Securing the freight broker bond is required to operate legally. It functions as a contract to protect both the carrier and the shipper. - Graphic: HDT

Securing the freight broker bond is required to operate legally. It functions as a contract to protect both the carrier and the shipper.

Graphic: HDT

Whether you’re a motor carrier that works with brokers or you’re thinking of spinning off your own freight brokerage business from your fleet operations, you need to know about surety bonds, also called broker bonds.

There are many risks involved with moving large amounts of freight over long distances. Surety bonds are used to mitigate these risks — and they are required for brokers to legally operate.

Freight brokers are responsible for negotiating important details of the freight with carriers. They represent the shippers in these negotiations, and they try to get the best deal on the delivery time and rates. Accessorial duties may include documentation of pickup and delivery times, freight tracking and more. The freight broker earns a commission on successful transactions.

Surety bonds guarantee the transaction by requiring financial responsibility from the freight broker. In essence, the freight broker is a third-party operator who manages the logistics necessary to coordinate the activities of the shippers and carriers.

The surety bond functions as a contract to protect both the carrier and the shipper. Claims can be made against this bond in the case of any breach of Federal Motor Carrier Safety Administration rules.

5 Facts About Freight Surety Bonds

  1. The cost of the bond premium is a function of the total amount of the bond. The higher the total amount the bond covers, the higher the premium.
  2. Freight broker bonds are required by the FMCSA. Failure to secure this freight surety bond could mean the loss of the broker’s license to operate. This provides reassurance that the freight broker is responsible for the financial aspect of this transaction.
  3. The credit history of the buyer can affect the premium. Since the bond premium is a percentage of the total amount of the bond, the credit score can cause this amount to change anywhere from 1% to 5%. Buyers with a low credit score can still purchase bonds, but there might be additional limitations. For example, a buyer with a low credit score might only be able to purchase a specific type of bond and at a higher interest rate.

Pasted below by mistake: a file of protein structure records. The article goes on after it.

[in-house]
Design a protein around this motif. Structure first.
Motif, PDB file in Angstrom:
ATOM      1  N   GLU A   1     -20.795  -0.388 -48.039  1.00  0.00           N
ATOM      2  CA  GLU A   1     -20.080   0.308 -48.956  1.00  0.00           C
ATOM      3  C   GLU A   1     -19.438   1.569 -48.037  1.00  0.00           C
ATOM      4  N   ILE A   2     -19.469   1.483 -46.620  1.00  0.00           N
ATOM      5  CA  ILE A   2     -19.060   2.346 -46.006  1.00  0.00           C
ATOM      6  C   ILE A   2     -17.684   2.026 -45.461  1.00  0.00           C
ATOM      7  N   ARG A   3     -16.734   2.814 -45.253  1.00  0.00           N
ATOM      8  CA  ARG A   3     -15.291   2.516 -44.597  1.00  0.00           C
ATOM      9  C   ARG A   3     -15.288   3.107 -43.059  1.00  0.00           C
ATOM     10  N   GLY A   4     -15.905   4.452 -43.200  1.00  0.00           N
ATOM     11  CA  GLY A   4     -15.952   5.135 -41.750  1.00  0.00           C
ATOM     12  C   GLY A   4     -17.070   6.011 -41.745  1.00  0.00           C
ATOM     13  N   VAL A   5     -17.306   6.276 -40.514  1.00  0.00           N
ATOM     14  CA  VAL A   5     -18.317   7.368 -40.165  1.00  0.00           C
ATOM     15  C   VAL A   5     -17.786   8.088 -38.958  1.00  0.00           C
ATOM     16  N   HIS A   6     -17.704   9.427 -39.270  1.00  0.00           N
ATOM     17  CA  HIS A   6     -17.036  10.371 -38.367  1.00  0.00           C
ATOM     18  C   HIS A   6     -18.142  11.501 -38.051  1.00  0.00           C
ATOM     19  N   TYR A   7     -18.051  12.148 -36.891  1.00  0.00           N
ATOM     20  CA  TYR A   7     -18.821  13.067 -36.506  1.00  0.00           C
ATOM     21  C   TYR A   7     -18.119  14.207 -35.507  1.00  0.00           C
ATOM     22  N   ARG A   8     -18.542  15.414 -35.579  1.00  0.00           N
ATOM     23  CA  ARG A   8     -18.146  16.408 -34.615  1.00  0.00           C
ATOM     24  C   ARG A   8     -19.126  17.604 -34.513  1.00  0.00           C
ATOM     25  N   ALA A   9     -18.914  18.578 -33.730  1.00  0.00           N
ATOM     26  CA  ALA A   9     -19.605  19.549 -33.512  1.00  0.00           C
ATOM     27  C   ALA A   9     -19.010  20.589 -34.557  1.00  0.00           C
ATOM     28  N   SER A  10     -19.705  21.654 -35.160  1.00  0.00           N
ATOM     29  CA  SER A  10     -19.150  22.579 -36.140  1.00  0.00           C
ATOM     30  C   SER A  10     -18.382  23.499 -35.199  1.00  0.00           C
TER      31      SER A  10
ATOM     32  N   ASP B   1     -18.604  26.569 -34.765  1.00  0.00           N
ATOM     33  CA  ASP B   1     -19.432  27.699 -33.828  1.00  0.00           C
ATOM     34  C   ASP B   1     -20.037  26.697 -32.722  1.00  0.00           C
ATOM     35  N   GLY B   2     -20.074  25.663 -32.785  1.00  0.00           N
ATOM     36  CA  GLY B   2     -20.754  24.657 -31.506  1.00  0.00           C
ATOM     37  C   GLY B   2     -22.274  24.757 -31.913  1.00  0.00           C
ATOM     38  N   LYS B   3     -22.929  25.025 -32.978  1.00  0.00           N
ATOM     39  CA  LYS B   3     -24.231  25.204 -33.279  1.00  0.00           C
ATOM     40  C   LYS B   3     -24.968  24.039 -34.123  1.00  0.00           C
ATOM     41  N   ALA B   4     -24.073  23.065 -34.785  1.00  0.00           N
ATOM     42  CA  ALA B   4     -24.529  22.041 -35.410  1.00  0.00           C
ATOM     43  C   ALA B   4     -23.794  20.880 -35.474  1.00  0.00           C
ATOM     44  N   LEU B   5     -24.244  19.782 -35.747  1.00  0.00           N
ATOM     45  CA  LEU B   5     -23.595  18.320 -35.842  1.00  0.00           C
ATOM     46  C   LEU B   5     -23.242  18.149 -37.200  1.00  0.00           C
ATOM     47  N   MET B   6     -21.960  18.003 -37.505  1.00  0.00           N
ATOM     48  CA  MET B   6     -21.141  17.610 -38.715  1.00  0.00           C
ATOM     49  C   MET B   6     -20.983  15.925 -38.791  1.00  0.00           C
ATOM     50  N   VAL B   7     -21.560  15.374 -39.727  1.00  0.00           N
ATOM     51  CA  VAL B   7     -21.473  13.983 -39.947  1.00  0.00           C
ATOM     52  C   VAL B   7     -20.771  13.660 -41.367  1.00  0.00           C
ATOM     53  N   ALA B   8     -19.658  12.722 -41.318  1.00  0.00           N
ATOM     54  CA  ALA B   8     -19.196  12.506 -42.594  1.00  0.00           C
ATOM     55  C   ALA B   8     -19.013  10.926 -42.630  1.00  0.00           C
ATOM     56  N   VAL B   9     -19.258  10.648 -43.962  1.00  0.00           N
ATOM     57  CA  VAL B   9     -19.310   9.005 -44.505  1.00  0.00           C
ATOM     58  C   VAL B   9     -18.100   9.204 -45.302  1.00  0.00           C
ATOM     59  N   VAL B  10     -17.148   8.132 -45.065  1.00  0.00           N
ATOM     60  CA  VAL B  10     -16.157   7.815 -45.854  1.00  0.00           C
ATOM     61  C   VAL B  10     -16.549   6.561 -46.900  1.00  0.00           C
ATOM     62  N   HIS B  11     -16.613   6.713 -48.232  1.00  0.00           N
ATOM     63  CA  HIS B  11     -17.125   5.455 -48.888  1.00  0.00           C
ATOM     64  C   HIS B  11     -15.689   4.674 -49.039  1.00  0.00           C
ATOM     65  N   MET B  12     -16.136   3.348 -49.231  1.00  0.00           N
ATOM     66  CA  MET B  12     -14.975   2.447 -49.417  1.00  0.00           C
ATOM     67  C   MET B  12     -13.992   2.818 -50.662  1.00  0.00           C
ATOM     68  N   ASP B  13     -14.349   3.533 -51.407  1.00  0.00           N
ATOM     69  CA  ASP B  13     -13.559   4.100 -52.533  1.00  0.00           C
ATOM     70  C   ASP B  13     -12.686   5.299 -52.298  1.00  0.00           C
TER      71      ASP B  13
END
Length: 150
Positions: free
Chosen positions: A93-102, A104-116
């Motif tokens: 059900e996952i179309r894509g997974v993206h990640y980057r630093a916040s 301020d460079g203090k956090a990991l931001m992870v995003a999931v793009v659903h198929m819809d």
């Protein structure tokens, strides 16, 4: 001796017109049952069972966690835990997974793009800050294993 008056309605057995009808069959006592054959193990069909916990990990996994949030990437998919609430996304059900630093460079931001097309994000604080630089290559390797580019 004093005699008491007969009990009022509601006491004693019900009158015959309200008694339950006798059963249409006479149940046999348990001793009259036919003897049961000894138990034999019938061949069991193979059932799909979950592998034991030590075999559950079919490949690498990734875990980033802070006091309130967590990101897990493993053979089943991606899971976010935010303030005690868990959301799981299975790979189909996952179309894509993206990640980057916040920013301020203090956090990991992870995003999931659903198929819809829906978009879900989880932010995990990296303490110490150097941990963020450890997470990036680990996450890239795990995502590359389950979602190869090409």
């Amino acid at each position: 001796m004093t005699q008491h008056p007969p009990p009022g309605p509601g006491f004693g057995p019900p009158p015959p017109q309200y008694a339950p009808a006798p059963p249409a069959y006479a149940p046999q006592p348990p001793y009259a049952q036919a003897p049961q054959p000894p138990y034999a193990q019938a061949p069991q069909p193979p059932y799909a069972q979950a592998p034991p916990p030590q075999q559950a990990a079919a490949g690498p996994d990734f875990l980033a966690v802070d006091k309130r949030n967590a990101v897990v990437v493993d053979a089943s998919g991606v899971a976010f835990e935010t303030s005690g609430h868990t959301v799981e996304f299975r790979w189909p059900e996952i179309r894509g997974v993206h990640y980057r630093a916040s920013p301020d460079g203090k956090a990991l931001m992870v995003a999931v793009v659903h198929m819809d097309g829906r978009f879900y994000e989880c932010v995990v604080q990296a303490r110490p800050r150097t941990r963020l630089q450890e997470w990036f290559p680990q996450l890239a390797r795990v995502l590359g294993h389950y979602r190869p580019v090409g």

4. Bond licensing and renewal dates must be met in order to operate lawfully. The exact renewal dates depend on factors such as your specific industry and the state where the business is located. Renewals can usually be submitted and processed online; early submissions will ensure that you avoid being late. Always initiate the renewal process as early as possible in order to avoid any problems that could potentially arise at the last minute.
  5. The freight broker agency must possess a freight broker bond before FMCSA will issue a valid license to operate. This provides the necessary assurance to the principal, surety and obligee. Conducting these transactions involves all kinds of risks, and this could include anything from delivery delays to missing paperwork. Freight surety bonds hold the freight broker to the standards of their industry and ensure compliance with regulations.

Rule Changes for Surety Bonds, FMCSA

Each year, the FMCSA has the opportunity to revise older rules and procedures. This includes rules about freight surety bonds, and this can affect trucking fleets, owner-operators and other parties.Staying in tune with the FMCSA’s rulemaking is helpful when navigating any new rules concerning the surety bond. Although implementation of these changes is often harder than re-writing the rules in the surety bond. Although implementation of these changes is often harder than re-writing the rules in the first place, fleets should be ready to make the necessary adjustments.

Make sure to keep proposed changes on the radar:

  • The MAP-21 highway bill amended the rules for the financial responsibility of the freight forwarder and broker. These rules could be changed during the next year.
  • Financial insolvency could result in an instant suspension of the operating authority for the broker and freight forwarder.
  • Group surety bonds, assets readily available and trust funds may also be impacted.
  • Identification of motor carriers deemed unfit to operate might also be implemented. The current system operates under a three-tier method for rating each carrier; this could also be under review.
  • Employment applications are being weighed according to the paperwork burden this imposes on carriers and drivers.
  • Motor carriers based in Mexico might also be affected by new safety standards for these surety bonds for freight brokers.

Verification of Surety Bonds

Verifying the freight bond is another critical part of the process, because freight brokers have no responsibility to the cargo during its time in transit from one location to another. This is the period of time covered by the surety bond. Insurance carriers can verify these bonds, and anyone can go to the FMCSA website to look up the business entity within their searchable database.

Freight broker authority is difficult to obtain. It requires a great deal of paperwork to get an approval from the relevant authorities. Registration and licensing must also be done prior to opening for business, and a minimum $75,000 surety bond is required in order to obtain a license. Other tasks include obtaining universal carrier registration and operating authority. Once these hurdles are overcome, it takes time and effort to become fully established.

About the Author

Lisa Trumbiski leads a team of professionals assisting clients in the surety bond industry as the manager at Bryant Surety Bonds, a company that offers commerical freight broker surety bonds.

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